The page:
On Using SMBs


Larry "Harris" Taylor, Ph.D. 

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Many solo classes require a surface marker buoy (SMB) ... this often is an expensive brightly colored (fluorescent green or orange) safety-sausage-like tube bearing the words "Diver Down" or "Diver Below." Many states, however, have legal requirements stating that a submerged diver must display (either on a towed float or on a vessel) the red "diver's down" flag ... typically a minimum size is listed. This suggests that only using a SMB may not be legally compliant. An example of the Michigan law:


Michigan Act 451 of 1994324.80155

Any person diving or submerging in any of the waters of this state with the aid of a diving suit or other mechanical diving device shall place a buoy or boat in the water at or near the point of submergence. The buoy or boat shall bear a red flag not less than 14 inches by 16 inches with a 3-1/2 inch white stripe running from 1 upper corner to a diagonal lower corner. The flag shall be in place only while actual diving operations are in progress. A vessel shall not be operated within 200 feet of a buoyed diver's flag unless it is involved in tendering the diving operation. A person diving shall stay within a surface area of 100 feet of the diver's flag.


Boater safety courses inform the boating community of the significance of the diver's flag.



Dive Flag

Recognized Indicator of In-Water Diver


May not be recognizable to boating community



On the practical side, dive flag assemblies typically display an upright flag (see above, left) which facilitates visibility and recognition. The SMB tends to not be upright when moving through the water (see above, right).   This limits its visibility to boaters. 


The SMB may not be recognized, especially from a distance, by boaters as a warning of a submerged diver's presence. 


The dive flag establishes a legal zone of protection for the diver; this protection is, most likely, not available with the SMB. Law enforcement will enforce this protection (see Dive Flag Incident ).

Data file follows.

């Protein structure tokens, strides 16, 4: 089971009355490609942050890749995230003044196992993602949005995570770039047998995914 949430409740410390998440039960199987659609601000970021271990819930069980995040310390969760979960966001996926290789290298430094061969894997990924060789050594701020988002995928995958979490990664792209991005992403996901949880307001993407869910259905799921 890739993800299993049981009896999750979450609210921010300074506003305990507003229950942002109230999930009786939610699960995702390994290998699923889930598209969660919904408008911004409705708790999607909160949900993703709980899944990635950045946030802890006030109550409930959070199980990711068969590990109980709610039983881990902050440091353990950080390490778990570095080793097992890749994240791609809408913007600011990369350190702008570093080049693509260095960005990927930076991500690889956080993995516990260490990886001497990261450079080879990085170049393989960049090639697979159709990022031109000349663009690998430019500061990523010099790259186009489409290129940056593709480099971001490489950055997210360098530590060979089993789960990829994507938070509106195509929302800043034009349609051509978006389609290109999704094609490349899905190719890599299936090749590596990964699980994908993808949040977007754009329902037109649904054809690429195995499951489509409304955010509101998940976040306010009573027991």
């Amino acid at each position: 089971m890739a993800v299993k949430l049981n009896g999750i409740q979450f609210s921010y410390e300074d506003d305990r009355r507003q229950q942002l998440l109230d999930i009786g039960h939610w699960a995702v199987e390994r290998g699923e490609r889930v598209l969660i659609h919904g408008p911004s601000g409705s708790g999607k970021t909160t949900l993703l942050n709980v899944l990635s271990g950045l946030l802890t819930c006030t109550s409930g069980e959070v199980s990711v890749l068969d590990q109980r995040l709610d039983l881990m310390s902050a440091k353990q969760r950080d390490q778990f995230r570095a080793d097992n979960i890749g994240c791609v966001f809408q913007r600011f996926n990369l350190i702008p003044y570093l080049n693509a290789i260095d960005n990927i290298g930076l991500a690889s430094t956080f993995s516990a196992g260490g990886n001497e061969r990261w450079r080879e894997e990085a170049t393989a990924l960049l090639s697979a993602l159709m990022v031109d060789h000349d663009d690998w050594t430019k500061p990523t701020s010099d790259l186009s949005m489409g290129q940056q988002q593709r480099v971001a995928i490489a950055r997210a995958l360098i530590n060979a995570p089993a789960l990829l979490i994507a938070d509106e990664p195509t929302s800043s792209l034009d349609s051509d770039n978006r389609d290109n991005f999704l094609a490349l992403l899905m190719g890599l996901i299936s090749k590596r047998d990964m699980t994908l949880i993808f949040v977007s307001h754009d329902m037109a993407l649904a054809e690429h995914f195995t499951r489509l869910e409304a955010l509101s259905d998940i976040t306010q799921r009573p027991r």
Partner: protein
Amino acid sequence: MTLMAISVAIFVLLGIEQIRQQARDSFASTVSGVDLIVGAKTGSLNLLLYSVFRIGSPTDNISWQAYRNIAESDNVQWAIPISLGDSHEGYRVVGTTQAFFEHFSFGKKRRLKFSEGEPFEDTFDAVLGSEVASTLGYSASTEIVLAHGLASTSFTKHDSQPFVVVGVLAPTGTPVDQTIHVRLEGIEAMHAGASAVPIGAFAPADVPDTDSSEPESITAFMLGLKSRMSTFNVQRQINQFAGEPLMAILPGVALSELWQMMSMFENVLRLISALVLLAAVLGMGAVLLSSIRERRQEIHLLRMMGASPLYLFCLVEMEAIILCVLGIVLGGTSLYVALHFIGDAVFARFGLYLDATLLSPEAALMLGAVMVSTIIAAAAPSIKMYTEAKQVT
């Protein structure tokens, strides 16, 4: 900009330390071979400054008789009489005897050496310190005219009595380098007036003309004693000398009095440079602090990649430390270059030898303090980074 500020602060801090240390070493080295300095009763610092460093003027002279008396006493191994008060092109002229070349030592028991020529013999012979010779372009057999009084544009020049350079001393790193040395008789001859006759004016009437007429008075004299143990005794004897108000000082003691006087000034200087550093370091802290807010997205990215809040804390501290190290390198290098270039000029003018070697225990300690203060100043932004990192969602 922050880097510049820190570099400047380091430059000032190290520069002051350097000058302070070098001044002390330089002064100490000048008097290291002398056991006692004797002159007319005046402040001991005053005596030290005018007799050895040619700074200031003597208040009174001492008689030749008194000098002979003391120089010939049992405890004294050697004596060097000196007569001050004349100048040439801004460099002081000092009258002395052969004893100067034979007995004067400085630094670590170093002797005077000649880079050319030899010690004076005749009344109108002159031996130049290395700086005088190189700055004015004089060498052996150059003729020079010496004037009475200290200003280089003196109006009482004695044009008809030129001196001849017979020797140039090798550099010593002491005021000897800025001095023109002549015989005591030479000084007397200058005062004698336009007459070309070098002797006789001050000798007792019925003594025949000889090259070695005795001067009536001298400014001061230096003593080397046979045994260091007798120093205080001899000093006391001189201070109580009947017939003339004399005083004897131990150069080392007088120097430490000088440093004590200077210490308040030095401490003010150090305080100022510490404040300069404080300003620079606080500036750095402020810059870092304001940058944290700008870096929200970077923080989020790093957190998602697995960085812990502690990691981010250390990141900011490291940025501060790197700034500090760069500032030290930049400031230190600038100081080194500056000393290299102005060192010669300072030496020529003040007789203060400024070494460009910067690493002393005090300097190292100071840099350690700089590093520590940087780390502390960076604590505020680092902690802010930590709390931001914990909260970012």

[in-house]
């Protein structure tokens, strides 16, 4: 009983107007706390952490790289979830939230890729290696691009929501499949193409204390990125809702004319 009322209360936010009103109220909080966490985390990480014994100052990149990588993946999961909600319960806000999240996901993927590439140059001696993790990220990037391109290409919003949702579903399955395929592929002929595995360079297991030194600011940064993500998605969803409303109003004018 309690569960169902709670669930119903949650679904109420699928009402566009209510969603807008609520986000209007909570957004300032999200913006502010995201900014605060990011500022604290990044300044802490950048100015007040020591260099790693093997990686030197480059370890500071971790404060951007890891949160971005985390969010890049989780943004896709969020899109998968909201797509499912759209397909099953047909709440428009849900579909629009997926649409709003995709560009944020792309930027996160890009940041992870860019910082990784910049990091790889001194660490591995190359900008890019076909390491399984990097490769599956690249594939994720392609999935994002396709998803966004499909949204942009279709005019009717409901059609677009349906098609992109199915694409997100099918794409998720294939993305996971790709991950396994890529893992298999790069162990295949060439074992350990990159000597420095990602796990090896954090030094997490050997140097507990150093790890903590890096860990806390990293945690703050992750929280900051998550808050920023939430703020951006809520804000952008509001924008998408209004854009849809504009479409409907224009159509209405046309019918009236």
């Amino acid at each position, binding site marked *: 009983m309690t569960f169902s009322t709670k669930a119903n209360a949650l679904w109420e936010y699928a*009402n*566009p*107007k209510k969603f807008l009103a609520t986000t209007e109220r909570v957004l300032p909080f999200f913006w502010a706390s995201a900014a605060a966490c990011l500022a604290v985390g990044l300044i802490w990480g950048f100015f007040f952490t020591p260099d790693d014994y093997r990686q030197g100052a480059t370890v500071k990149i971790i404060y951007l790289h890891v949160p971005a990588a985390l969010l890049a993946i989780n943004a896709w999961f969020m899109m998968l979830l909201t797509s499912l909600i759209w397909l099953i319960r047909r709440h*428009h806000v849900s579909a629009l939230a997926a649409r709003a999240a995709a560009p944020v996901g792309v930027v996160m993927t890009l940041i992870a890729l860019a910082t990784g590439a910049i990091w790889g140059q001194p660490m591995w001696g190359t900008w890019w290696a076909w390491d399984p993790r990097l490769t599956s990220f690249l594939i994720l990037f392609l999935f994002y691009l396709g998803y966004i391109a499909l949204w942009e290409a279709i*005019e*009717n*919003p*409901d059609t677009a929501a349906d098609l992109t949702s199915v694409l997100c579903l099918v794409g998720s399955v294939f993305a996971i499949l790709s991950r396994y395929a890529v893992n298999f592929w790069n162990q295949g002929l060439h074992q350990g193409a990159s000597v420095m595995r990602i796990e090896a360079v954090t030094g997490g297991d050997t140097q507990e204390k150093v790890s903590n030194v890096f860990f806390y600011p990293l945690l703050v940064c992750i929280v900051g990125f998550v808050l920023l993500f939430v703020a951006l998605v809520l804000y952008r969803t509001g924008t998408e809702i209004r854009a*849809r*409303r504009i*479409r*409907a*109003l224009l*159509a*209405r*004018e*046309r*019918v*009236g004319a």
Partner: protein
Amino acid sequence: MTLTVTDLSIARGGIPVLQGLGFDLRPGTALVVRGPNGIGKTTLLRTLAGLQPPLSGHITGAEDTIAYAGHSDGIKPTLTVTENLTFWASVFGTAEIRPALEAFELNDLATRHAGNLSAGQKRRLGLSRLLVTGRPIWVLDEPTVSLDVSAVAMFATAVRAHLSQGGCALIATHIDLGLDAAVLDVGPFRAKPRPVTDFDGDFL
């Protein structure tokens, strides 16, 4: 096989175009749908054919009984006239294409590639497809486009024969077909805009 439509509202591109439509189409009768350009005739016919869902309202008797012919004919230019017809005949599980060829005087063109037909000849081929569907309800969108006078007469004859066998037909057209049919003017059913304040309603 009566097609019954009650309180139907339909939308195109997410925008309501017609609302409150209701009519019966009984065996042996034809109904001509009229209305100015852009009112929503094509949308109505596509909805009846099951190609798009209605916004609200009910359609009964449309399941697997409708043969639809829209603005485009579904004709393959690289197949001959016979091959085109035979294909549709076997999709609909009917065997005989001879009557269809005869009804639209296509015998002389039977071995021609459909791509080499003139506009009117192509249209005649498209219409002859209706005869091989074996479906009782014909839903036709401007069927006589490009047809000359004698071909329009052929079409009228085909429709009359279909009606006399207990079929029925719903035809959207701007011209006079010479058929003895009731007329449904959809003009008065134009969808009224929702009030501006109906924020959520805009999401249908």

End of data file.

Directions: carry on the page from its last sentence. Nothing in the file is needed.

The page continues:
I should also point out that in my decades of diving in Michigan waters, I have had DNR officers and county sheriffs approach me in pre- or post dive situations to query me and others present about the presence of a dive flag.


Finally, some states / cities have legal requirements on diving. For example:


The Ohio DNR requires anyone aged 17 or younger to dive in the presence of someone 21 years of age or older.


The city of Detroit prohibits swimming, water skiing, surfboarding, wind surfing, and skin diving in all public waters including fountains. The city also requires that any Detroit River diving be done such that face and hands are not water accessible.



Bottom Line:  Divers using SMB's should check local and state laws to ensure compliance with existing statutes.


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 About The Author:  

Larry "Harris" Taylor, Ph.D. is a biochemist and Diving Safety Coordinator at the University of Michigan. He has authored more than 200 scuba related articles. His personal dive library (See Alert Diver, Mar/Apr, 1997, p. 54) is considered one of the best recreational sources of information In North America.

  Copyright 2001-2024 by Larry "Harris" Taylor

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Use of these articles for personal or organizational profit is specifically denied.

These articles may be used for not-for-profit diving education